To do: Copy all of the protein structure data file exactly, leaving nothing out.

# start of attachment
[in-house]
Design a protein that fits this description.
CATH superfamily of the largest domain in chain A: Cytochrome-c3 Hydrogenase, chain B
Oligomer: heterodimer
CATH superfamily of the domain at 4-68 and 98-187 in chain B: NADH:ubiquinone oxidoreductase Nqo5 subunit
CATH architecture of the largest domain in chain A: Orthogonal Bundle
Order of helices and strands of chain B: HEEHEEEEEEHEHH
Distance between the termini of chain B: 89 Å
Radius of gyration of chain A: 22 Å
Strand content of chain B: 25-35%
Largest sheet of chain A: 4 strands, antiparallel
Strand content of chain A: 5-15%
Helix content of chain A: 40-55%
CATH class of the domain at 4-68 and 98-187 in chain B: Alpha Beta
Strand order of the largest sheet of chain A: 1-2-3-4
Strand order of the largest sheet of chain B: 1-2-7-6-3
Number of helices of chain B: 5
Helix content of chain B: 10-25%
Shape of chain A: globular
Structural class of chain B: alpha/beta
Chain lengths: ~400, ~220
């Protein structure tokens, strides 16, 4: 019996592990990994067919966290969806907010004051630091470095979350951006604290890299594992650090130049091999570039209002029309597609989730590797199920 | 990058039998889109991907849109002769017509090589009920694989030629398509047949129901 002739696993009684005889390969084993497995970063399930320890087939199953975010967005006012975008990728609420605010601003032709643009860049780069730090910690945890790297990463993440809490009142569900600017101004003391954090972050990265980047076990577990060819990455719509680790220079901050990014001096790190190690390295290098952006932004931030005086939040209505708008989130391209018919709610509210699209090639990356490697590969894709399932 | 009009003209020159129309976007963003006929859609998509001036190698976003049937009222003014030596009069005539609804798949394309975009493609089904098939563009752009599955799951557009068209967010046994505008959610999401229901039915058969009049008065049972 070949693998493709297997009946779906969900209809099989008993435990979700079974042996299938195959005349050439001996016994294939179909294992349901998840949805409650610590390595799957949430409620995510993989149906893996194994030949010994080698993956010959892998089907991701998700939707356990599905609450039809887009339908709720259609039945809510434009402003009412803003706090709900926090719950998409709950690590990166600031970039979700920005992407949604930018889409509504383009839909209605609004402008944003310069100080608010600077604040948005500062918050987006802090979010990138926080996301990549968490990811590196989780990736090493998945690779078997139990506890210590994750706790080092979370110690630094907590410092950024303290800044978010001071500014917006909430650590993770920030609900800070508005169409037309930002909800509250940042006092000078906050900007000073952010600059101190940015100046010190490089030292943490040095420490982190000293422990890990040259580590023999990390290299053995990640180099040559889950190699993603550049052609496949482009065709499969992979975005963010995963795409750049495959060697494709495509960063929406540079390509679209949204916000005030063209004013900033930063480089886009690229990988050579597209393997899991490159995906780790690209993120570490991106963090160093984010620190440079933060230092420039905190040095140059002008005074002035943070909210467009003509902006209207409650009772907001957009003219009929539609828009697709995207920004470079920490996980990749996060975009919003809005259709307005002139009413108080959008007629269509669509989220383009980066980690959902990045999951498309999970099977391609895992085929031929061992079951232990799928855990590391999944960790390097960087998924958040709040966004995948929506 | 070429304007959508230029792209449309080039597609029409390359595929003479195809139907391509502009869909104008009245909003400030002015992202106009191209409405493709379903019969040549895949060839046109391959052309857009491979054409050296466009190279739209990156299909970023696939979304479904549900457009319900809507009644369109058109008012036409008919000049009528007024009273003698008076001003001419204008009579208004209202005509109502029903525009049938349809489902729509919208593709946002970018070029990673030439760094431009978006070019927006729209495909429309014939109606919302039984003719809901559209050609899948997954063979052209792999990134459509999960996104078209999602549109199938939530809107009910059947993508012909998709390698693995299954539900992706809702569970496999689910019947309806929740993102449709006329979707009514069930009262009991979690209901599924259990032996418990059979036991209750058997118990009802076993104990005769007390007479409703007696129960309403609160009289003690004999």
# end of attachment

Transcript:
[in-house]
Design a protein that fits this description.
CATH superfamily of the largest domain in chain A: Cytochrome-c3 Hydrogenase, chain B
Oligomer: heterodimer
CATH superfamily of the domain at 4-68 and 98-187 in chain B: NADH:ubiquinone oxidoreductase Nqo5 subunit
CATH architecture of the largest domain in chain A: Orthogonal Bundle
Order of helices and strands of chain B: HEEHEEEEEEHEHH
Distance between the termini of chain B: 89 Å
Radius of gyration of chain A: 22 Å
Strand content of chain B: 25-35%
Largest sheet of chain A: 4 strands, antiparallel
Strand content of chain A: 5-15%
Helix content of chain A: 40-55%
CATH class of the domain at 4-68 and 98-187 in chain B: Alpha Beta
Strand order of the largest sheet of chain A: 1-2-3-4
Strand order of the largest sheet of chain B: 1-2-7-6-3
Number of helices of chain B: 5
Helix content of chain B: 10-25%
Shape of chain A: globular
Structural class of chain B: alpha/beta
Chain lengths: ~400, ~220
């Protein structure tokens, strides 16, 4: 019996592990990994067919966290969806907010004051630091470095979350951006604290890299594992650090130049091999570039209002029309597609989730590797199920 | 990058039998889109991907849109002769017509090589009920694989030629398509047949129901 002739696993009684005889390969084993497995970063399930320890087939199953975010967005006012975008990728609420605010601003032709643009860049780069730090910690945890790297990463993440809490009142569900600017101004003391954090972050990265980047076990577990060819990455719509680790220079901050990014001096790190190690390295290098952006932004931030005086939040209505708008989130391209018919709610509210699209090639990356490697590969894709399932 | 009009003209020159129309976007963003006929859609998509001036190698976003049937009222003014030596009069005539609804798949394309975009493609089904098939563009752009599955799951557009068209967010046994505008959610999401229901039915058969009049008065049972 070949693998493709297997009946779906969900209809099989008993435990979700079974042996299938195959005349050439001996016994294939179909294992349901998840949805409650610590390595799957949430409620995510993989149906893996194994030949010994080698993956010959892998089907991701998700939707356990599905609450039809887009339908709720259609039945809510434009402003009412803003706090709900926090719950998409709950690590990166600031970039979700920005992407949604930018889409509504383009839909209605609004402008944003310069100080608010600077604040948005500062918050987006802090979010990138926080996301990549968490990811590196989780990736090493998945690779078997139990506890210590994750706790080092979370110690630094907590410092950024303290800044978010001071500014917006909430650590993770920030609900800070508005169409037309930002909800509250940042006092000078906050900007000073952010600059101190940015100046010190490089030292943490040095420490982190000293422990890990040259580590023999990390290299053995990640180099040559889950190699993603550049052609496949482009065709499969992979975005963010995963795409750049495959060697494709495509960063929406540079390509679209949204916000005030063209004013900033930063480089886009690229990988050579597209393997899991490159995906780790690209993120570490991106963090160093984010620190440079933060230092420039905190040095140059002008005074002035943070909210467009003509902006209207409650009772907001957009003219009929539609828009697709995207920004470079920490996980990749996060975009919003809005259709307005002139009413108080959008007629269509669509989220383009980066980690959902990045999951498309999970099977391609895992085929031929061992079951232990799928855990590391999944960790390097960087998924958040709040966004995948929506 | 070429304007959508230029792209449309080039597609029409390359595929003479195809139907391509502009869909104008009245909003400030002015992202106009191209409405493709379903019969040549895949060839046109391959052309857009491979054409050296466009190279739209990156299909970023696939979304479904549900457009319900809507009644369109058109008012036409008919000049009528007024009273003698008076001003001419204008009579208004209202005509109502029903525009049938349809489902729509919208593709946002970018070029990673030439760094431009978006070019927006729209495909429309014939109606919302039984003719809901559209050609899948997954063979052209792999990134459509999960996104078209999602549109199938939530809107009910059947993508012909998709390698693995299954539900992706809702569970496999689910019947309806929740993102449709006329979707009514069930009262009991979690209901599924259990032996418990059979036991209750058997118990009802076993104990005769007390007479409703007696129960309403609160009289003690004999």